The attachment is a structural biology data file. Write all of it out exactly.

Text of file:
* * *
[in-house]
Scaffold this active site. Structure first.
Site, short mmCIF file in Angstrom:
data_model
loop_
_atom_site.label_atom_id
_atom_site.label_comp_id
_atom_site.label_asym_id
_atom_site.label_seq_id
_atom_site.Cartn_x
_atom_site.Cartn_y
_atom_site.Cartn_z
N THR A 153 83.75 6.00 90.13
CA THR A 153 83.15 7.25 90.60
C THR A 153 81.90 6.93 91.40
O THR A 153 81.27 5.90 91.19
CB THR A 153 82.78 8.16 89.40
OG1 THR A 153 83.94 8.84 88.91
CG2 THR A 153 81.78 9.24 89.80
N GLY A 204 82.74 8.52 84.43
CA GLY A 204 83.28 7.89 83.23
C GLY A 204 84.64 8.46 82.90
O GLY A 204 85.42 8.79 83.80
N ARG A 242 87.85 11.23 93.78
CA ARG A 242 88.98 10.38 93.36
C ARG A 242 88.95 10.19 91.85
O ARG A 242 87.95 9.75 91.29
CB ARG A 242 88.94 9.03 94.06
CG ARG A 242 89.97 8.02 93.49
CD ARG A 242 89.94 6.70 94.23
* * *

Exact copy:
[in-house]
Scaffold this active site. Structure first.
Site, short mmCIF file in Angstrom:
data_model
loop_
_atom_site.label_atom_id
_atom_site.label_comp_id
_atom_site.label_asym_id
_atom_site.label_seq_id
_atom_site.Cartn_x
_atom_site.Cartn_y
_atom_site.Cartn_z
N THR A 153 83.75 6.00 90.13
CA THR A 153 83.15 7.25 90.60
C THR A 153 81.90 6.93 91.40
O THR A 153 81.27 5.90 91.19
CB THR A 153 82.78 8.16 89.40
OG1 THR A 153 83.94 8.84 88.91
CG2 THR A 153 81.78 9.24 89.80
N GLY A 204 82.74 8.52 84.43
CA GLY A 204 83.28 7.89 83.23
C GLY A 204 84.64 8.46 82.90
O GLY A 204 85.42 8.79 83.80
N ARG A 242 87.85 11.23 93.78
CA ARG A 242 88.98 10.38 93.36
C ARG A 242 88.95 10.19 91.85
O ARG A 242 87.95 9.75 91.29
CB ARG A 242 88.94 9.03 94.06
CG ARG A 242 89.97 8.02 93.49
CD ARG A 242 89.94 6.70 94.23